Sunday, October 14, 2007

 One morning while we were in Addis Ababa Vernon decided to walk to Bambis Market and take Fetlework with him, an opportunity for the two of them to become better acquainted.
Fetlework pointed out a bottle of some kind of drink. Her newly acquired Dad inquired of two ladies if they speak English. They did, and assured Vernon the drink is very sweet and good. They also asked him about the little girl and he explained about adopting two deaf children. He thanked them for their help and they moved away.

Soon they turned and one of them declared: “You are coming to my house for coffee.”

Phone numbers were exchanged and it was agreed we would all go for coffee soon.

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When the appointed evening arrived our driver took us to a pre-arranged location, one of the ladies came in her car, and we followed her down streets around corners and down a very dark, bumpy alley. We turned into a parking compound and got out into the dark, scary lot.

We were lead across the alley to another compound, still in the dark, through a courtyard and thankfully, to the door of the house.

Inside and directly ahead were stairs and to the left was a room with sofas and chairs against the beige colored walls which were decorated with Ethiopian style religious art. On the floor beside the stairs lay long blades of aromatic grass upon which sat a little wooden platform. On top of the platform was a little hourglass shaped metal stove with charcoal burning inside. A small white table sat on the floor next to the stove and nearby was an ornate clay coffee pot with a long curved spout next to a brass incense burner.

Our hostess, Bayush Hana Woube, greeted us at the door. Her long, straight black hair reached below her shoulders and framed her delicate oval face. When she spoke her teeth flashed in the light. When her head turned her slightly protruding cheeks were highlighted.

Once Vernon, Rebecca, Fetlework, Yonatan, Larissa and I were seated conversation a female servant began roasting coffee beans in a shallow pan over the charcoal.

Her hair was wrapped in a dark scarf that had a pattern of yellow flowers. She wore a pink shirt. There were appeared to be burn scars across her mocha colored face under her eyes and across the bridge of her nose. Her ankle length skirt was nearly the color of her face and had alternating patterns of lighter and darker designs intermingled with leopard and tiger patterns randomly spaced. When she smiled her brilliant white teeth contrasted with the gold necklace around her neck. She had the typical Ethiopian heart shaped face as did the other ladies and appeared to be in her thirties but was probably younger.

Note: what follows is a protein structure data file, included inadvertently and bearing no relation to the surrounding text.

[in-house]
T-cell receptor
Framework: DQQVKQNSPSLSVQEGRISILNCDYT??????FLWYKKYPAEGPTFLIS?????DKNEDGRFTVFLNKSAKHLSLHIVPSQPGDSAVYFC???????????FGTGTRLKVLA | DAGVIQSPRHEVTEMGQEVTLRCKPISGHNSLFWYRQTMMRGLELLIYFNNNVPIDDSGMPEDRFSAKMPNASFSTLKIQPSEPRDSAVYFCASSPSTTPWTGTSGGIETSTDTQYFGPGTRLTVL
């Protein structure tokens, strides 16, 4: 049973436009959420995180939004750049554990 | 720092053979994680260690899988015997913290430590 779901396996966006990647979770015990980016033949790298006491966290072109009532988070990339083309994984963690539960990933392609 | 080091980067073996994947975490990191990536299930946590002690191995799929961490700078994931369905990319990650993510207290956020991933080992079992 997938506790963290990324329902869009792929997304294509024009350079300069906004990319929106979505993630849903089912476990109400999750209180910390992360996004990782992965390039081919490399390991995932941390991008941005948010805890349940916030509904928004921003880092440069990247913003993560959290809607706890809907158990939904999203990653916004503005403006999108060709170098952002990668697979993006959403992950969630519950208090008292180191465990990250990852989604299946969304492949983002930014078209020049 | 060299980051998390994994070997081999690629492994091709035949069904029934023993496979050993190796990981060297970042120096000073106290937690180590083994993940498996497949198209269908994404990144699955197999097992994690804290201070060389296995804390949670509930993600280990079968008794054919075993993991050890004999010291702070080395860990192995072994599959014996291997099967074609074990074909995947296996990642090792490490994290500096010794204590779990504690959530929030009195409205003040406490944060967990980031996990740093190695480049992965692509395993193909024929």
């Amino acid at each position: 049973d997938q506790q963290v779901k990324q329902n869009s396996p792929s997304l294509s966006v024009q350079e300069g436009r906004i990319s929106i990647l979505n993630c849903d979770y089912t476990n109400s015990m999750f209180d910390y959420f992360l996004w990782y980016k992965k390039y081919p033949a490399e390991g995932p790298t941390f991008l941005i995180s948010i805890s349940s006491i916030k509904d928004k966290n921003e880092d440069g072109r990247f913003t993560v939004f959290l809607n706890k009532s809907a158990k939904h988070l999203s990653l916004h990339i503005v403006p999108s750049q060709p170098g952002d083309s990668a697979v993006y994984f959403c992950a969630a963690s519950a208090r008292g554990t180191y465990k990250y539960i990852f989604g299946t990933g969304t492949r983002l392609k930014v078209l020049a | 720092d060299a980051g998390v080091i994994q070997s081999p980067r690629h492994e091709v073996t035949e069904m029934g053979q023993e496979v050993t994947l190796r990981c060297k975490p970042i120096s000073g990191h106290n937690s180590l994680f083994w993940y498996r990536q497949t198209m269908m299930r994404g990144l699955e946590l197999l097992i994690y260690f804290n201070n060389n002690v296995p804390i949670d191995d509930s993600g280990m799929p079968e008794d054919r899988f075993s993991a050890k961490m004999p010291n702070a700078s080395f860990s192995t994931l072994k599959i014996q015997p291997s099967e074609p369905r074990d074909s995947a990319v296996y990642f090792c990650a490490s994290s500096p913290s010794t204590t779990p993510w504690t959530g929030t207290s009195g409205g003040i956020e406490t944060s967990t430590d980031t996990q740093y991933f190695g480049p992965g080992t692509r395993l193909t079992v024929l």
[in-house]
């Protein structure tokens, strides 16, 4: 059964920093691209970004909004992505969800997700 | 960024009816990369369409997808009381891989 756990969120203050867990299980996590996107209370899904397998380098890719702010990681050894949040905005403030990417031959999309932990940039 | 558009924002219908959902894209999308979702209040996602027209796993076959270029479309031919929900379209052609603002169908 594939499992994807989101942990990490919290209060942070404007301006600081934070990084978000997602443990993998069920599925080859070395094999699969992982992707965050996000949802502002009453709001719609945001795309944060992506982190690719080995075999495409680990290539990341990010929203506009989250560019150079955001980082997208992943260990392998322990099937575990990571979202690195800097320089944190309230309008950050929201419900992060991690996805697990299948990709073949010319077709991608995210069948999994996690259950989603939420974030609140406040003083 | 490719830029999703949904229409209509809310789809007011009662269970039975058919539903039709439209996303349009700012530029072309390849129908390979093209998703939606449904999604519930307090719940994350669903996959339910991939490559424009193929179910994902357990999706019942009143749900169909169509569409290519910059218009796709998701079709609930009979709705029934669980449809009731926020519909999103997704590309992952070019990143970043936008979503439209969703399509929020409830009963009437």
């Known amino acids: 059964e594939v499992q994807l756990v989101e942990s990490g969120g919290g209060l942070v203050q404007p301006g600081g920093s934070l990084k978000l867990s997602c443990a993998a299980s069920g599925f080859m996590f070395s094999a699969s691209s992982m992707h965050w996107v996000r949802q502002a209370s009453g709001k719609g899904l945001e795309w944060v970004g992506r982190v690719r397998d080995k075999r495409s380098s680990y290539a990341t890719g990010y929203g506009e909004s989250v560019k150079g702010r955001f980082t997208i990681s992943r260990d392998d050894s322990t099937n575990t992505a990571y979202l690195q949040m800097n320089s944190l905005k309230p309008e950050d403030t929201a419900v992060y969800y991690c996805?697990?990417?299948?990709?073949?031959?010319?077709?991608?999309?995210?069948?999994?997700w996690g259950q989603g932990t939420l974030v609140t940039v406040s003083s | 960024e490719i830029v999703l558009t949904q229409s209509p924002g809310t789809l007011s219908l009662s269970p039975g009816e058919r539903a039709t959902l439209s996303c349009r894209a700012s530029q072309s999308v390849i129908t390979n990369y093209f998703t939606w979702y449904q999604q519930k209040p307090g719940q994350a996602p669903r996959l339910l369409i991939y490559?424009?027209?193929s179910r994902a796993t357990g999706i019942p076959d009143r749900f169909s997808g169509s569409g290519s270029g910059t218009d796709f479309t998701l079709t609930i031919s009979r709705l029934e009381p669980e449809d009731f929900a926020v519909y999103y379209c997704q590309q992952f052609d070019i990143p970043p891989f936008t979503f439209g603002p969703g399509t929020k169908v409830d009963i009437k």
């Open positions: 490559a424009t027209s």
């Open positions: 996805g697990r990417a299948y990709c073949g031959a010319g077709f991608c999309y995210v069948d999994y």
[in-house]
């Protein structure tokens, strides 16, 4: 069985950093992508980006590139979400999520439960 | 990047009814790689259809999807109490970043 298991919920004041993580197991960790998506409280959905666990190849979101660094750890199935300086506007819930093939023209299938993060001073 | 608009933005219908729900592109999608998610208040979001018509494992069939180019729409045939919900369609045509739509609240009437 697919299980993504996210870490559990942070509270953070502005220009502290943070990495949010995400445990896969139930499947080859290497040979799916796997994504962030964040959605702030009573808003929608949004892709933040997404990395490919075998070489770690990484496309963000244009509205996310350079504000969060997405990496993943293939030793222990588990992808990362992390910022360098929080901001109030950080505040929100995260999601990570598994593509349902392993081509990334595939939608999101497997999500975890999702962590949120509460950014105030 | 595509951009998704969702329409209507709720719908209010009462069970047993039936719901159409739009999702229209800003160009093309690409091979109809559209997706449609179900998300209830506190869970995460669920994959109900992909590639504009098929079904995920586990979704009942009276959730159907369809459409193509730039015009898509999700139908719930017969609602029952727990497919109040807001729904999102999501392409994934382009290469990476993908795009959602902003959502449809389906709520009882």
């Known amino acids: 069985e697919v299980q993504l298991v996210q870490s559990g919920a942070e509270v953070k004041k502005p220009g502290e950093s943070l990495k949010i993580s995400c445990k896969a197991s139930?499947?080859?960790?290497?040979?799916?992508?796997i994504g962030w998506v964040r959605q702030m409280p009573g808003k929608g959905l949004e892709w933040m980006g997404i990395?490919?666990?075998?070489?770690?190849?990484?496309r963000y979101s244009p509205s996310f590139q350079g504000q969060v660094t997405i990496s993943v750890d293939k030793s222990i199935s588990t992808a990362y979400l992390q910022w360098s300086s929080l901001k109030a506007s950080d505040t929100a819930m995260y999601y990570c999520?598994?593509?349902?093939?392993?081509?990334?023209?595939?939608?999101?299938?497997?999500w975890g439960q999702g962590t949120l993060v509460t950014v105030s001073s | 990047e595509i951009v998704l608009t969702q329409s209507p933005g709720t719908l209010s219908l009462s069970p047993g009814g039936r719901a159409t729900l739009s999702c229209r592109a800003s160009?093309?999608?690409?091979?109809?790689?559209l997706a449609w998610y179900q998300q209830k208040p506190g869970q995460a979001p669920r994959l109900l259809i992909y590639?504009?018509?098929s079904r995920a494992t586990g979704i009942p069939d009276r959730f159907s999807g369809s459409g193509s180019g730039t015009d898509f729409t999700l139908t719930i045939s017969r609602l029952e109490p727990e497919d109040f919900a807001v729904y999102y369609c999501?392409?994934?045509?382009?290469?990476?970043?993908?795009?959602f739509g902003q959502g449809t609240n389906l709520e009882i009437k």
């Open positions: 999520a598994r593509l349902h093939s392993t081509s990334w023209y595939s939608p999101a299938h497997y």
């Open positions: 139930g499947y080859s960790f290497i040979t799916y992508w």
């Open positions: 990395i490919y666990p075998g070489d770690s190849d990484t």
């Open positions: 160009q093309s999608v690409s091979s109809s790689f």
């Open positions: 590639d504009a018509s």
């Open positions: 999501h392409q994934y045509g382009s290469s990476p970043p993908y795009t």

As she worked, the pungent aroma of the roasting beans mingled with the fragrance of the incense and the smell of the burning charcoal.

When the roasting was complete the lady got up and went to the rear of the house. Soon a loud banging sound was heard. She was grinding the beans with a long handled mortar in a pestle. She continued in the coffee making process while we became better acquainted with our hostesses and food was served.

When the coffee preparation was complete she skillfully poured it by holding the curved spout about a foot above as the dark liquid streamed into each cup. The oldest daughter then delivered it to us beginning with the eldest person until all had been served.

We were served food Ethiopian style except for injera, which was replaced by sliced bread.

Near the end, before the fourth cup, popcorn, as is the tradition, was brought out.

I was seated next to Christina Gilmour, an Ethiopian woman whose husband is from England and works in Saudi Arabia while she stays in Addis with Ian, their young son. She supervises construction of the commercial development they are building near Bole Airport. She wore a white pull over shirt, gray slacks and was nearly full term with their second child. We enjoyed discussing construction and as it turned out she is quite knowledgeable about it.

While we were talking the electric power went out.

With much difficulty and apologies two candles were located, lit, and the party resumed. During the time the lights were off Larissa, my seventeen-year old granddaughter needed to use the bathroom. She was handed one of the candles and directed up the stairs. Shortly there was a scream. It seems for the toilet to function one needed to pour water into the tank. While she was performing that operation she dropped the candle into the tank and there she was, in a strange house, half way around the world, in the dark!

The teen-age daughter of Bayush took the remaining candle and went to her rescue while the rest of us sat in the dark. Soon we were all reunited.

The lights were off about an hour and a half, half the time we were there.

It was a magical time and too soon it was over.

With many hugs and hand-shakes we left and were soon on our way in the little blue and white cab.

The driver, much to my chagrin, left in the opposite direction from which we had arrived and I feared he was lost.

He was not.

Soon we were on the still under construction “ring road”, and much more quickly than our journey to the home we were safely back at the hotel.

Ain't God Good?

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